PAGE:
Voracious this year is celebrating our local farmers markets with a series of poems extolling what's newly ripe and ready for sale . Each week


Producing Poetry: A Salute to Cheese

Voracious this year is celebrating our local farmers markets with a series of poems extolling what's newly ripe and ready for sale. Each week during market season, we'll run a poem from a local poet who's found inspiration in the region's bounty. And should you find yourself feeling similarly inspired after reading their odes to romaine lettuce, nectarines, pea vines and gooseberries, the Neighborhood Farmers Market Alliance has provided us with recipes featuring each of the edible muses.

Seattle's markets are already flush with greens and rhubarb, but poet Christopher Jarmick decided to write about a local product that's sold throughout the year: Cheese. Yet as market shoppers know, May brings very different cheeses than December. Cows and goats are now feasting on the same young greens being sold for salads and side dishes, so their milk is especially floral and fragrant. Goat cheese, brimming with fresh flavors, is as much a signifier of spring as asparagus.

Jarmick curates and hosts monthly poetry readings in Kirkland and Seattle, and has published poems, articles, reviews, a spoken word CD, novel and poetry collection. He lives in Bellevue.

The Sexuality of Produce

by Christopher J. Jarmick

Amidst the cauliflower

I find intellectual truth

and pick out some garlic

just to make sure.

I have to laugh at the


And start to get turned on

by the


Hot-house Tomatoes

quickly adding a Pomegranate,

Rhubarb, and some Bananas

to my basket.

A woman glances over at me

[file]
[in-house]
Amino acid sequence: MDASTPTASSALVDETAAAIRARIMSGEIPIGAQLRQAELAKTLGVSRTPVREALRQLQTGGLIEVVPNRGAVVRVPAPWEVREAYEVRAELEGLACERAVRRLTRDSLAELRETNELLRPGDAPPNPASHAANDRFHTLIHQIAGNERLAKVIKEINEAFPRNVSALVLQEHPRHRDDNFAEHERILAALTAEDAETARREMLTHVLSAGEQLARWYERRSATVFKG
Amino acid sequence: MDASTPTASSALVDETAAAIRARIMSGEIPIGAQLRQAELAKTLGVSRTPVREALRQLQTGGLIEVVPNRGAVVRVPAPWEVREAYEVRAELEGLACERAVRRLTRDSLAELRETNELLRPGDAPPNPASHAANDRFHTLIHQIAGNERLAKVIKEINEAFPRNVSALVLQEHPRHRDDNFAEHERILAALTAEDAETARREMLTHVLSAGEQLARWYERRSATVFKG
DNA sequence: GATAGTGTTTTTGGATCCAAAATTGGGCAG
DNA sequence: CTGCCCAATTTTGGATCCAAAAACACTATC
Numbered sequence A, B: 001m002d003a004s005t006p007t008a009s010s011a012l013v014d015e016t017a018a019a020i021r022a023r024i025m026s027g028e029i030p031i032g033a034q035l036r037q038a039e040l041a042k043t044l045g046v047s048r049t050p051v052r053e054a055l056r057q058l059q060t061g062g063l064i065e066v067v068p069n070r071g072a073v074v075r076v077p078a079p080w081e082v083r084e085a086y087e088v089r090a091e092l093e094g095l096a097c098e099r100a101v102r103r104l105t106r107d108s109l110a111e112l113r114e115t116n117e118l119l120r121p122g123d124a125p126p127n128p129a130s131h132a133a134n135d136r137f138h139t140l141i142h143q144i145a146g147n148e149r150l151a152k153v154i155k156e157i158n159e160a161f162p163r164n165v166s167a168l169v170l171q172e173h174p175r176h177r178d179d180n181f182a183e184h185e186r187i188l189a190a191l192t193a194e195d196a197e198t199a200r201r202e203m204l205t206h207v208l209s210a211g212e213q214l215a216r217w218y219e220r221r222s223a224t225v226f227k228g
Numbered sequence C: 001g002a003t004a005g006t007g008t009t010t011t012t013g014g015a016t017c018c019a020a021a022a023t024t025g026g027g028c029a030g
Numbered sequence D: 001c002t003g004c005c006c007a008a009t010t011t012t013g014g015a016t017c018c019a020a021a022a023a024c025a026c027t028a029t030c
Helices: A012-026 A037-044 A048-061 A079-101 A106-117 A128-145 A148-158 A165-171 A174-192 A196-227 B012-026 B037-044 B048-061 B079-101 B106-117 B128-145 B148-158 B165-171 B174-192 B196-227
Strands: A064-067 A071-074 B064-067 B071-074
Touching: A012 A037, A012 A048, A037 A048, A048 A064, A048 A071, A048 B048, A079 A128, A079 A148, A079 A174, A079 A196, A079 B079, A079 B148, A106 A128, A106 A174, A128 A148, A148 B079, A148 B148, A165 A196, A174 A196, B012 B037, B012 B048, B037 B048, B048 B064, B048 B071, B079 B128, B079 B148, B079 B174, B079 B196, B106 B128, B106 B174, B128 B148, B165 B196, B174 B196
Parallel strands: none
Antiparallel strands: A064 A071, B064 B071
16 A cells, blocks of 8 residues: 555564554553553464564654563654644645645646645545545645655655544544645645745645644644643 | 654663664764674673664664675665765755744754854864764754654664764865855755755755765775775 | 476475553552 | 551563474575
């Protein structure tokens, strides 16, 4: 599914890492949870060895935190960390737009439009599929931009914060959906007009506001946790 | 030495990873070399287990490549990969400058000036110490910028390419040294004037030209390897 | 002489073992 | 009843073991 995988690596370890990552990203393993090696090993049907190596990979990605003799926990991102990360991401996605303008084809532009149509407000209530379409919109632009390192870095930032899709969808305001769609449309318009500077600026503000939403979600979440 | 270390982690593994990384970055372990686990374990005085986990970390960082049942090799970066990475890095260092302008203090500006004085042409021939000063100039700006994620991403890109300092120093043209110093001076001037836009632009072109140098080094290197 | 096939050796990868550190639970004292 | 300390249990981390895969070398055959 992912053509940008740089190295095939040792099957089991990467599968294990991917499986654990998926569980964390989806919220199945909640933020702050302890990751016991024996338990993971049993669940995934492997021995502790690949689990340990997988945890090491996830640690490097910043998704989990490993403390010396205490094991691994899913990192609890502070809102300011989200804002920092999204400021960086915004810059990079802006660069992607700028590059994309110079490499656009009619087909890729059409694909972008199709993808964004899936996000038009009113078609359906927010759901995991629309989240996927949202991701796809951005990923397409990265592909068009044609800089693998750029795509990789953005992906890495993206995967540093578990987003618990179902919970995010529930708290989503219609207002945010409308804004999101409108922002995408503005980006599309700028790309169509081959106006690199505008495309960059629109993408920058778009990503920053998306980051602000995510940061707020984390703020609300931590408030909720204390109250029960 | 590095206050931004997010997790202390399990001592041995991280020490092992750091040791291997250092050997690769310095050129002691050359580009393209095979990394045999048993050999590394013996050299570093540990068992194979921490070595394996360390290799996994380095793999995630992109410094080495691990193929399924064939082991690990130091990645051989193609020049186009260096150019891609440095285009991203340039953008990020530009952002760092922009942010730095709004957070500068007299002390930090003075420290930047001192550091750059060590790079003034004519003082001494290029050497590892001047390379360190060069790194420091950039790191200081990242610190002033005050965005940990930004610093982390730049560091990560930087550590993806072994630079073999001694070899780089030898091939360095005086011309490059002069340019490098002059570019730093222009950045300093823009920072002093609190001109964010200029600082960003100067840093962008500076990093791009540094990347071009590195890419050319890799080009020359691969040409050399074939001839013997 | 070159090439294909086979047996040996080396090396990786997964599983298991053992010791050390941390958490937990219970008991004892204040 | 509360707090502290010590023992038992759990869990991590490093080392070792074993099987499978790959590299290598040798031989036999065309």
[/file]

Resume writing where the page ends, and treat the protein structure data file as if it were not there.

I stop playing with the Romaine,

decide on some Green Onions

then Wild Mushrooms

(the rebel in me can't resist)

I feel practical as

Picking out some Spinach

And Carrots.

I fondle the Cantaloupe,

careful not to make eye

contact with anyone nearby

I have a craving for some

crunchy Celery

on a whim

I add baby vegetables

and then

the Potatoes

(starch is important!)

I remember 'tis the season for gourmet Cheese

and wonder who I might see

In the Dairy section.

Cheese Crackers

Appel Farms, Ferndale, Wash.

1 cup all-purpose flour

1 tsp salt

¼ cup cold unsalted butter, cut into small pieces

8 ounces grated Appel Farms Cheddar or Gouda, any flavor

3 - 4 tbsp ice water

Place the flour, salt, and butter in a food processor. Pulse until the mixture resembles coarse meal. Add the cheese a little at a time, pulsing after each addition, until the mixture again resembles coarse meal.

Add the water, one tablespoon at a time, until the dough forms a ball. Pulse between each addition and be careful not to add too much water.

Form the dough into two balls and wrap each in plastic wrap. Chill for at least one hour or up to 24 hours.

Using one dough ball at a time, roll the dough to about 1/8 inch thick. Cut the dough into small shapes, with whatever method you prefer (cookie cutter or knife) and transfer to a baking sheet.

Bake at 350 degrees for 15-20 minutes or until golden brown. Keep an eye on them: After 10 minutes, they can overcook quickly.

When all the crackers are done, turn off the oven and pile the crackers onto a baking sheet. Put the crackers back into the warm oven for anywhere from an hour to overnight, this will make them crispy. The time it takes varies depending on the size and thickness of the crackers.

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